Classic Cars

The VW Beetle
Volkswagen Beetle

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There are 13 comments for this item.

Posted by Gary Davies at 10:07 pm (PDT) on Wed August 22, 2018   
My dad me a 68 beetle deluxe. I was king of the road. No heat or defrost.
Posted by IOfferMyBentNickel at 5:34 am (PST) on Thu March 10, 2016   
These are all very informative and entertaining anecdotes. Siamese cats and "yum, yum, yum..." Laughing One of the members mentioned a small rear, oval, rear window which inspired my memory to recall the earliest memory I have of sitting on my knees in the back seat of my parents VW, with my younger brother and sister looking out the rear window. We were living in Germany and I believe the year was 1966/67. I was 4 years old. Interestingly, we were not fastened in with seatbelts. Did they have seatbelts in VWs during that period?
Posted by Steve Oelrich at 6:40 am (PDT) on Sun May 17, 2015   
We had a '64 Beetle we were towing when we moved to the Baltimore area around that time. It was the first time we'd ever encountered toll roads and didnt realize we had to pay a toll for the towed Bug, too! Couple of miles down the road, got pulled over for it! Later had a Beetle that I nearly killed myself in when I was a new driver -- drove it too fast around a gravel-lined road on a bluff. Started sliding off the road and over a cliff, but, luckily, there was a tree there that kept the car from going over. Helluva bang, though!
Posted by Chuck Kopsho at 12:35 pm (PDT) on Sat May 16, 2015   
My father had a '64 white VW beetle, that was his "fun" car. His "serious" car was a burgandy '64 Oldsmobile Vista Cruiser station wagon. Back in the day, me and dad would tool around Orange County, CA just for the hell of it in the VW. Ah, those were the days.
Posted by buickman at 10:01 am (PDT) on Fri October 31, 2014   
The small town weekly newspaper I worked for after school used a VW since the rear seat folded down and it would hold a bunch of papers.  Since the town did not have a VW dealer and the paper relied on hometown advertisers the owner would buy a used VW from any local big three dealer who took one in on trade.  I remember when we got a one year old 58 that had the new bigger rear window.  My wife has a 74 super Beetle for her 'fun car'
Posted by MikeCoke at 11:28 pm (PDT) on Sun October 26, 2014   
I still drive my 1973 VW Beetle
Posted by CubanDaveT at 2:28 am (PDT) on Sat June 29, 2013   
I got a '68 VW Bug as a HS graduation gift in '72 ... for $800! What 4 year old car costs that little these days ... unless it's radio-controlled! Wink
Posted by Thegimpman at 12:02 am (PST) on Sat January 26, 2013   
I owned a 1953 VW when I was stationed in Germany back in 1967 that had those odd turn signals and remember them being referred to as "idiot sticks". They also had a second function. Because some of the streets in Germany were so narrow, especially in small towns, you had to park half-way on the sidewalk and half-way on the street, which was perfectly legal, in order to leave room for cars to get through. That left your car vulnerable to being side-swiped, especially at night with those poorly lit roads. Those "idiot sticks" could be activated individually on either side of the car and left on, depending on which side of the car was exposed to the street, to warn other drivers and prevent your car from being side-swiped, while you were away from your car! They were actually one of the earliest versions of what we now call "parking lights". Quite a unique idea, actually!  Oh, those German engineers!   :-)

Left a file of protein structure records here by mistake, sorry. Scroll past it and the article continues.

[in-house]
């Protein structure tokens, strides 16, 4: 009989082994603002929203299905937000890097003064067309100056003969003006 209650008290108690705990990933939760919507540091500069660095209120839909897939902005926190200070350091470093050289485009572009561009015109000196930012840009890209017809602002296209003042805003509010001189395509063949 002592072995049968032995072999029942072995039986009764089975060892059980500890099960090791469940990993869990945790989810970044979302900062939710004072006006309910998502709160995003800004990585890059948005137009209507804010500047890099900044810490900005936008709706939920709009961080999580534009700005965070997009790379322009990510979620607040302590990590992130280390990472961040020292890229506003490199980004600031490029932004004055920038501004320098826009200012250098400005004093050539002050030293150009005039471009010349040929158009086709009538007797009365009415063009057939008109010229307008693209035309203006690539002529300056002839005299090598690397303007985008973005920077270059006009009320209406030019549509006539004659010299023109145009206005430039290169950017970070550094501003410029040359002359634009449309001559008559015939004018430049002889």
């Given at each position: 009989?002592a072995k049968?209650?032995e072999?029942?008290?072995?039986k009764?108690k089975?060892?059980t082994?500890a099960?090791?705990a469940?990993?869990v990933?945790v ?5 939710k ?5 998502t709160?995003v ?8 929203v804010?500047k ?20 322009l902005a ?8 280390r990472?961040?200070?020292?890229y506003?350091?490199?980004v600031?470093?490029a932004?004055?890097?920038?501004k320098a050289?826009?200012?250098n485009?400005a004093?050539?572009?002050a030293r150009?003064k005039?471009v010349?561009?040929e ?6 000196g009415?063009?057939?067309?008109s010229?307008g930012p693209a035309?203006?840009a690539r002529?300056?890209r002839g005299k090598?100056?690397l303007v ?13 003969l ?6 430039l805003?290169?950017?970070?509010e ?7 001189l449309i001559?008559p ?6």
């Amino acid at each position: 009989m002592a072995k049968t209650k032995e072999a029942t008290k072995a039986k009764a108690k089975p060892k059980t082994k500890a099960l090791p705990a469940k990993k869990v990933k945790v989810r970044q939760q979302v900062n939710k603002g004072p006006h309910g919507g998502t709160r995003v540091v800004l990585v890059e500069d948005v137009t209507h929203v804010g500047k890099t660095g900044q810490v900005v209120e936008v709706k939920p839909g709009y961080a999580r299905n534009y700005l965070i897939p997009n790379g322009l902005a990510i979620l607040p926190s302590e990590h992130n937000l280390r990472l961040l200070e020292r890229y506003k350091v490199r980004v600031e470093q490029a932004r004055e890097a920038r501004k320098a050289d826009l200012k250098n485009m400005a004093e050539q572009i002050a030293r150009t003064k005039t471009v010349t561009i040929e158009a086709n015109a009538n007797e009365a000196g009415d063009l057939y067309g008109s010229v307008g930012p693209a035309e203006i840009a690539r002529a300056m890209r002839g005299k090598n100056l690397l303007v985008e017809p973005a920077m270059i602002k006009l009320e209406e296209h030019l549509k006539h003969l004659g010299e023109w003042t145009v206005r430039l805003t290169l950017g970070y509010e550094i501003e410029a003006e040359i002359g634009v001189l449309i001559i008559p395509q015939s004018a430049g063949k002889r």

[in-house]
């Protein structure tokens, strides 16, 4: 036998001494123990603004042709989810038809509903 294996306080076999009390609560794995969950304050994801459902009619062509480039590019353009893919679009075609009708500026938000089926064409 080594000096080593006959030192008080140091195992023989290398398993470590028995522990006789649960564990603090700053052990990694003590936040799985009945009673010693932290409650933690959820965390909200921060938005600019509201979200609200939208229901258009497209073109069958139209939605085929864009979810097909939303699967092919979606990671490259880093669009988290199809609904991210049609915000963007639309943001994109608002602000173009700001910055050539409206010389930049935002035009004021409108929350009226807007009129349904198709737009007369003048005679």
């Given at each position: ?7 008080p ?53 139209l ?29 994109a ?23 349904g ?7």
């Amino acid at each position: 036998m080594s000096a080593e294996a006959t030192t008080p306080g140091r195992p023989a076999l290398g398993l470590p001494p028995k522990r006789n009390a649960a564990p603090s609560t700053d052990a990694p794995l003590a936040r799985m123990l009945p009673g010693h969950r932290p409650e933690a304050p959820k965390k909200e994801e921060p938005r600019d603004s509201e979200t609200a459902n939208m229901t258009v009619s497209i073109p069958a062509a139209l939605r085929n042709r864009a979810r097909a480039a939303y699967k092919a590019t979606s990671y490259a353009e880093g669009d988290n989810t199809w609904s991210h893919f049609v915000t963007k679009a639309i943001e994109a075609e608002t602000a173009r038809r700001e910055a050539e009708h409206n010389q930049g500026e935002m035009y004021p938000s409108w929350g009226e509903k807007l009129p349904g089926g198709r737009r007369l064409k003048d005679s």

Posted by dtdavis2012 at 2:59 am (PDT) on Wed October 17, 2012   
An ad for the VW Beetle in 1967 gave $1500 as the cost for the car. It might as well have been $15,000.00 as far as I was concerned.
Posted by Bob Wilson Jr at 7:35 am (PDT) on Sun June 17, 2012   
Back in the 1950's in Plainfield NJ, I knew a large family that had an early "Beetle" as a second car. It had an oval rear window that was no larger than a contemporary rear-view mirror. It had no electrical turn signals, but instead, had a gizmo that the driver operated manually, Pointed horizonally, it indicated a left turn, and set vertically, a right turn. It also had no fuel indicator on the dash, but had a manually-operated lever that opened a very small reserve tank once the driver sensed that the somewhat larger fuel tank was getting down to "empty". More than often, one of the drivers would forget that he or she had put the reserve tank in operation, causing the car to run out of gas completely if the next driver didn't note the position of the lever.
Posted by paktype at 1:45 pm (PDT) on Tue March 13, 2012   
The newest Volkswagen Beetles look very much like this.
Posted by Rebecca Brooks Guest at 4:49 am (PST) on Sun December 4, 2011   
The guy who would pick up our male Siamese cat to go yum, yum, yum with his female Siamese drove a VW Beetle. From then on, anyone who visited us in their VW would find our male Siamese cat in their Bug, ready to go make yum, yum, yum!
Posted by Katbear at 10:15 pm (PDT) on Sun August 16, 2009   
My dad loved the Volkswagen. Whcih was kinda odd, cause he was 6'3" and had to scrunch into the car. But all three of us kids fit in the back with the seat folded down. We went hundreds of miles in those things. And because the seat folded down , it wasn't too bad as a teenager either....

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